Challenges at the polls, voter confusion and potential problems with provisional ballots in many key states are among the top Election Day concerns for voting rights groups and the presidential campaigns themselves.
Voting-rights advocates point with particular concern to the tea party-linked True the Vote organization, which has pledged to dispatch thousands of monitors to polling places to guard against potential voter fraud.
“We know they have targeted purposefully African-American and Latino polling places,” said Barbara Arnwine of the Lawyers Committee for Civil Rights Under Law. “Right now in several states American voters’ ability to vote is in jeopardy.”
True the Vote President Catherine Engelbrecht, however, rejected suggestions that the Houston-based group would be overly aggressive or issue false challenges.
“Contrary to various interest groups’ statements, True the Vote has never been investigated or charged with intimidating voters,” she said. “A poll watcher’s sole purpose is to monitor the process of our elections. They are trained to never speak with voters, only authorities within the poll.”
Meanwhile, voters in several storm-ravaged areas in New York and New Jersey expressed relief and even elation at being able to vote at all, considering the devastation from Superstorm Sandy. Lines were long in Point Pleasant, N.J., where residents from the Jersey Shore communities of Point Pleasant Beach and Mantoloking had to cast their ballots due to damage in their hometowns. Many people still have no power eight days after Sandy pummeled the shore.
“Nothing is more important than voting. What is the connection between voting and this?” said Alex Shamis, a resident of hard-hit Staten Island, gesturing to his mud-filled home.
Elsewhere, the concern over poll monitors is only the latest in months of legal and political battles over more voter ID restrictions and other laws, mostly fruitless hunts for supposedly ineligible people on voting rolls in many states and sustained claims that black and Hispanic voters are being targeted for intimidation and suppression.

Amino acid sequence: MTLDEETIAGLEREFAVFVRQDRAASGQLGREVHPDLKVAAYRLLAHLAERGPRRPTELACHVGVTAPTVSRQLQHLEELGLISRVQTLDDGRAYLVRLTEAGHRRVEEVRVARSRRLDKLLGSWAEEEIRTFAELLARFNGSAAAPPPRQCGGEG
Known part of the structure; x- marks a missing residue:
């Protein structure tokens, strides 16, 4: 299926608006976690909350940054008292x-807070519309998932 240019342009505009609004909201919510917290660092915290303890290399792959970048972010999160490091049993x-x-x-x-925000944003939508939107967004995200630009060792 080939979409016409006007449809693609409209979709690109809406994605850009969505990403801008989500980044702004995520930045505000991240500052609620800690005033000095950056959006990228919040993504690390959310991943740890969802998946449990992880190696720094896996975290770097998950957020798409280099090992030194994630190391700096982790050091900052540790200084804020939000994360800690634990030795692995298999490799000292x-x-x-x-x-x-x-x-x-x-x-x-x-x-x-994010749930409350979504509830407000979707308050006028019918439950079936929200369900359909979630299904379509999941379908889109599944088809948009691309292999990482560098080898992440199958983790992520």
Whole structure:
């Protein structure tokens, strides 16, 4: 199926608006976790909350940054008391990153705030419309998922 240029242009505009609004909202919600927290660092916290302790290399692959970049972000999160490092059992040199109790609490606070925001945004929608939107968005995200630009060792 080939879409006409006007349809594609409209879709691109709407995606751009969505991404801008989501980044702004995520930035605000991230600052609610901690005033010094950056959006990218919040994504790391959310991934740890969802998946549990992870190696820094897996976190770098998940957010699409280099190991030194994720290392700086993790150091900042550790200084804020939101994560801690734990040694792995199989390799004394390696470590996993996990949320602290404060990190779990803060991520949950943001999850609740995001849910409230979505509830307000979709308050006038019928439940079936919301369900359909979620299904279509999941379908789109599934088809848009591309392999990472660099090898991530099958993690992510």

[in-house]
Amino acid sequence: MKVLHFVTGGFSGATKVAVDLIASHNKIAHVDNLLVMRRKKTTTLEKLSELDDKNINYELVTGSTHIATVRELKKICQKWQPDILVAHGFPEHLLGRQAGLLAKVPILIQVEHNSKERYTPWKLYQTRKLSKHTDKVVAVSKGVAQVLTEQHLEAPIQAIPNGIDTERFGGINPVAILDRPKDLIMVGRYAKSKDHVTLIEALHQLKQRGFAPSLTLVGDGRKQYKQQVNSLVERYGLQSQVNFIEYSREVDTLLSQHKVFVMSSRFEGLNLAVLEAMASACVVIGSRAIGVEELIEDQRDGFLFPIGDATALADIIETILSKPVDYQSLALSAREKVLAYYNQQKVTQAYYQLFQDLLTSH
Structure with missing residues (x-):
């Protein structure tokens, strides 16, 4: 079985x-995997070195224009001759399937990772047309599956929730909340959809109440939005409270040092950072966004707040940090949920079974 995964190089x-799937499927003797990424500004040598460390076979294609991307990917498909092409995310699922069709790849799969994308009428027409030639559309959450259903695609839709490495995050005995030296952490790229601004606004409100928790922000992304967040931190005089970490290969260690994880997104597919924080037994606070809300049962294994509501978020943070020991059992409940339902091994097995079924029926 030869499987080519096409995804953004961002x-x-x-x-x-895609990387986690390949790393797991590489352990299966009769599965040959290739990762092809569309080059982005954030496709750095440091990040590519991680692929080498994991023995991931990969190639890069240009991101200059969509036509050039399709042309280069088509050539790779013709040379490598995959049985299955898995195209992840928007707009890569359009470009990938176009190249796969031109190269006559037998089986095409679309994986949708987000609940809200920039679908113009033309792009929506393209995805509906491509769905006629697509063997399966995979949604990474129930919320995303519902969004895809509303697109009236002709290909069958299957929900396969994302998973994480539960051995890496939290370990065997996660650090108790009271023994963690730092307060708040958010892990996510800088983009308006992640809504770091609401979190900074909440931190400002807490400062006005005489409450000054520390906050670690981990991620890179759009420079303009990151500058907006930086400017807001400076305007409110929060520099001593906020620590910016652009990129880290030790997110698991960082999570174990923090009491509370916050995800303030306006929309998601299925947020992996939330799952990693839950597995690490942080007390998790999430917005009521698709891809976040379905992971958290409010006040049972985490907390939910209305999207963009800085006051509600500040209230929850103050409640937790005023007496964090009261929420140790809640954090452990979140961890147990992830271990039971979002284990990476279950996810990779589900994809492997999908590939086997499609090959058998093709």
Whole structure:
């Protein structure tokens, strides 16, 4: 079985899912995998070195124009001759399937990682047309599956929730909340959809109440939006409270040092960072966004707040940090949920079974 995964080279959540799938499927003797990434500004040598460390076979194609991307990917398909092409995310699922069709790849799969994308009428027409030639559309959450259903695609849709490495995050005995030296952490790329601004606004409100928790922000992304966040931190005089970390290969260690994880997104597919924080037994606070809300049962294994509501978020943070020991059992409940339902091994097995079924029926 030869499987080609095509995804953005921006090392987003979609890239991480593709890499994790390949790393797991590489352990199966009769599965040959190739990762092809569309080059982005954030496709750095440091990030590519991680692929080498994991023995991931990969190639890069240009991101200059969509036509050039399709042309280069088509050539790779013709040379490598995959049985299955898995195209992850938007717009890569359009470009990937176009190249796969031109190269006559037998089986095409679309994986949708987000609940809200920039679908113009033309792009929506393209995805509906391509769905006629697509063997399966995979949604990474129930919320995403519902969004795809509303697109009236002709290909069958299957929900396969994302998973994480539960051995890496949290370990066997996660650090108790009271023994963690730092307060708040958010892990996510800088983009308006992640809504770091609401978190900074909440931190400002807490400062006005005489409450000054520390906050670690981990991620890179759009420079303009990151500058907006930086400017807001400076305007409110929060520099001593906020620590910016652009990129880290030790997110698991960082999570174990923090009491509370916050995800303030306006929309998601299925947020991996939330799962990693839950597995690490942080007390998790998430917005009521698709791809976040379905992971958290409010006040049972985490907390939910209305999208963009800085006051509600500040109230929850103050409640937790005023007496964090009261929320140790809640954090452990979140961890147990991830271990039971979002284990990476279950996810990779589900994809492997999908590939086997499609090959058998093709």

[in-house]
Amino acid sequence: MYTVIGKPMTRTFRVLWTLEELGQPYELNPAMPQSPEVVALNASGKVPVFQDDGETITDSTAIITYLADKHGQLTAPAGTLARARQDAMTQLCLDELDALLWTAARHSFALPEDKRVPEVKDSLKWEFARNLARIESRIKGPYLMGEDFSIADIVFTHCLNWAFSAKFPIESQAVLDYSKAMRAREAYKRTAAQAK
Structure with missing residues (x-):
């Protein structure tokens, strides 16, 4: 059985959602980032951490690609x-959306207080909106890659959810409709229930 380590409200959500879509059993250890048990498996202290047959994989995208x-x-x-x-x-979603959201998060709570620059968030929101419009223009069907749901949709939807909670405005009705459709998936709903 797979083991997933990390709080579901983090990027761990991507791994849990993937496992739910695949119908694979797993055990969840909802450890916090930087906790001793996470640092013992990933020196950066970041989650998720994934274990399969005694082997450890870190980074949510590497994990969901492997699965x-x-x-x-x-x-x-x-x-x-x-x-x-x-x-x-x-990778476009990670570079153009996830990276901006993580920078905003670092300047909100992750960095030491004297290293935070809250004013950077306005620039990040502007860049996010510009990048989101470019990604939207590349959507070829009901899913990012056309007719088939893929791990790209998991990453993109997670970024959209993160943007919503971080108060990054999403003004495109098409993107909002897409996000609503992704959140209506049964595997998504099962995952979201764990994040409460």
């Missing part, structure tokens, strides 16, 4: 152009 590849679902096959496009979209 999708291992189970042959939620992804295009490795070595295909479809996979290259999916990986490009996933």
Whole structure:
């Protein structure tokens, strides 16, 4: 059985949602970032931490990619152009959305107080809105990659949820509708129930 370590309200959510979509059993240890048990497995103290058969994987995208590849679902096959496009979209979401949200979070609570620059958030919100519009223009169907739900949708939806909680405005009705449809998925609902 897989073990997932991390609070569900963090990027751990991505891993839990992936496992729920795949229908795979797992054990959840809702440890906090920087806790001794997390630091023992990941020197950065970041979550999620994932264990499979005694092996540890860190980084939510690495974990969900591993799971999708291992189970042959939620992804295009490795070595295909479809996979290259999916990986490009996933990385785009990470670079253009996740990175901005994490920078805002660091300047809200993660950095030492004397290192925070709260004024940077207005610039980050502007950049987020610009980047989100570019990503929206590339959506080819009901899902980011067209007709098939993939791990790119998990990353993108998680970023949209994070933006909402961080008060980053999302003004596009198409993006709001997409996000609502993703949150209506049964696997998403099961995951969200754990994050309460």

Michael Waldman, president of the Brennan Center for Justice at New York University, said even in states where the restrictive laws have been blocked or delayed, many people still think they are in effect.
“The laws were struck down but the confusion remains,” Waldman said.
Many of these issues could resurface in the courts after Tuesday, particularly if the race between President Barack Obama and his Republican challenger, Mitt Romney, is too close to call or heads for a recount in states such as Ohio or Florida.
The Justice Department will have at least 780 observers at key polling places in 23 states to ensure compliance with the 1965 Voting Rights Act and look into any allegations of voter fraud.
Provisional ballots were the latest legal skirmish in the critical battleground state of Ohio, where Secretary of State Jon Husted’s decision on how they can be cast was challenged in federal court. Advocates and lawyers for labor unions contend Husted’s order would lead to some provisional ballots being rejected improperly because the burden of recording the form of ID used on a provisional ballot is being placed on voters, not poll workers as in the past.
A decision was not expected before Election Day, but the judge overseeing the case planned a ruling before Nov. 17, when provisional ballots can begin to be counted in Ohio. Provisional ballots are used more often in Ohio than in most states, with experts predicting between 200,000 and 300,000 will be cast there.
“That could be a huge problem after Election Day for counting ballots,” said Wendy Weiser, director of the Brennan Center’s Democracy Program. “There’s really tens of thousands of voters in Ohio whose votes could be at risk.”
In Florida, where Democrats unsuccessfully tried to extend early voting by an extra day, election officials in most of the state’s biggest jurisdictions were accepting in-person absentee ballots Monday. A chaotic scene Sunday in Miami-Dade County, where the election office opened, closed and then opened again, was not repeated Monday. There were still long lines of people but a much more orderly process.
About 200 people were waiting in line at midday Monday at the main Miami-Dade election office. Olga Vila said she only waited about 10 minutes to cast her ballot.
“I figured the lines were going to be worse tomorrow,” the 47-year-old accountant said. “We Latin people wait until the end. That’s why I’m here today. I should have mailed it a week ago.”